Abortion in Tennessee after the 20th week of pregnancy just became very difficult to legally justify, as a GOP-backed bill has been signed by a Republican governor. But the attorney general, also a Republican, has called the law “constitutionally suspect.”
On Friday, Governor Bill Haslam signed the “Tennessee Infants Protection Act,” a bill that prohibits physicians from performing abortions after the 20th week of pregnancy when a fetus is considered viable, able to survive outside the womb with or without medical assistance.
The bill would require physicians to determine the viability of a fetus through tests and get a second opinion from an independent physician. Any physician that performed an abortion on a viable fetus after 20 weeks would be committing a state felony unless the abortion would prevent the mother’s death or cause “irreversible impairment of a major bodily function.”
“The Tennessee Infants Protection Act prohibits purposely performing post-viability abortions, except when a physician determines in his or her good faith medical judgment that either the unborn child is not viable or that the procedure is necessary to prevent serious risk to the mother,” Haslam said, according to a statement obtained by the Tennessean.
Haslam said he would support the bill earlier this week, calling it “a 24-week” ban since the bill states that physicians should presume that a fetus is viable by the 24th week.
Republicans blocked any efforts from Democrats to include exceptions for rape and incest. The bill also blocks exceptions for any mental health problems that would result in suicide or irreversibly self harm.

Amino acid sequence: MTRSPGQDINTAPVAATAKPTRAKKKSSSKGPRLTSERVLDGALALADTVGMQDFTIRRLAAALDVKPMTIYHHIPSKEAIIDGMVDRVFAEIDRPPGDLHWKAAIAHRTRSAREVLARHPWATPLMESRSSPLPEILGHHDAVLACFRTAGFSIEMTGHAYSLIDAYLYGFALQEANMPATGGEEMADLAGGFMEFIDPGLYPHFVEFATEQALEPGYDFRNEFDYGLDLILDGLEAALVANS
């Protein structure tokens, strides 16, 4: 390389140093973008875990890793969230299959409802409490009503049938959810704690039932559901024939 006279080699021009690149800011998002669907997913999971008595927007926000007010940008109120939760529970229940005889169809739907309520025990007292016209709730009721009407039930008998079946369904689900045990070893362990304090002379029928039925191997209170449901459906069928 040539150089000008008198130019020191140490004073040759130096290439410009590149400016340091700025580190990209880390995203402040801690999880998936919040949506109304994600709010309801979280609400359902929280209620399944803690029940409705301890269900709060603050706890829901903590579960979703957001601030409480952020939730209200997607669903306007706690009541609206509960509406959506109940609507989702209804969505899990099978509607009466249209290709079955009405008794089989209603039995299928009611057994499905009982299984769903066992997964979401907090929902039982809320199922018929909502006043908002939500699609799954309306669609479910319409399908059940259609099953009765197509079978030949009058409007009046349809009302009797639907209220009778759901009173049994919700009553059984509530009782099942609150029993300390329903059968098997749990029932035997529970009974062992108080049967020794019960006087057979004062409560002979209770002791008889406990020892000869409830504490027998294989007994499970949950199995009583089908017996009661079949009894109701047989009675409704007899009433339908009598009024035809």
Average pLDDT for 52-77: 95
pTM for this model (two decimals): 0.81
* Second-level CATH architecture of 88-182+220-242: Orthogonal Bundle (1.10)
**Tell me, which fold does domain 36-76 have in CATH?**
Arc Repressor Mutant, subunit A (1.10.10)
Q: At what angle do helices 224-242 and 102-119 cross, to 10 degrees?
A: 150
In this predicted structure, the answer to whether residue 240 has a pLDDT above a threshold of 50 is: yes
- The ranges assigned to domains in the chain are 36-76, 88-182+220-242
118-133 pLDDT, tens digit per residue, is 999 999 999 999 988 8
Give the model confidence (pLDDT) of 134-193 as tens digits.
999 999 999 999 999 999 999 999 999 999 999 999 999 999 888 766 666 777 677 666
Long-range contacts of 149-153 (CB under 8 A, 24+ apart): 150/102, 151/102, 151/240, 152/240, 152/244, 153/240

Democrats weren’t the only ones taking issue with the legislation, however.
In March, Republican state Attorney General Herbert Slatery released an opinion that described it as “constitutionally suspect, particularly with respect to the proposed post-viability abortion ban and the viability testing requirement.”
Additionally, Slatery disagreed with there being no exceptions such as the mother’s mental health problems, as well as amendments that could subject a physician to criminal charges. Slatery said “such statutes impermissibly subject a physician to criminal liability even though he was acting in good faith in determining whether a medical emergency or medical necessity exists.”
However, Slatery later said that he would defend the bill in court, according to the Associated Press.
Pro-life advocates praised the bill scheduled to take effect July 1.
Bryan Harris, the president of Tennessee Right to Life, the state’s oldest and largest pro-life organization, released a statement that said the governor’s administration “has been tireless in supporting common-sense measures which affirm the dignity human life in our state and pro-life Tennesseans are clearly very grateful to the Governor.”
Women rights groups oppose the bill, arguing that the bill would only make it more difficult for women to have access to safe and legal abortions.
On Thursday, activists with Planned Parenthood dressed as characters in Margaret Atwood’s dystopian novel “The Handmaid’s Tale,” went to the capital to deliver hundreds of letters from Tennesseans, demanding Haslam veto the bill.
“We demand that Governor Bill Haslam recognize that a vote in support of SB 1180/ HB 1189 is a vote that disregards the humanity of women and families,” Planned Parenthood wrote. “Unlike the characters in Margaret Atwood’s The Handmaid’s Tale, women in Tennessee will not be reduced to ‘walking wombs.’”
The American Civil Liberties Union (ACLU) of Tennessee also sent a letter to Haslam’s office on Friday, urging him to veto the bill that they called a “blatant attempt to undermine a woman’s constitutional right to make her own medical decisions.”
“While we may not all agree about abortion, it is important that we support a woman and allow her to make the best decision for her health and personal circumstances — without political interference,” said Hedy Weinberg, Executive Director ACLU of Tennessee.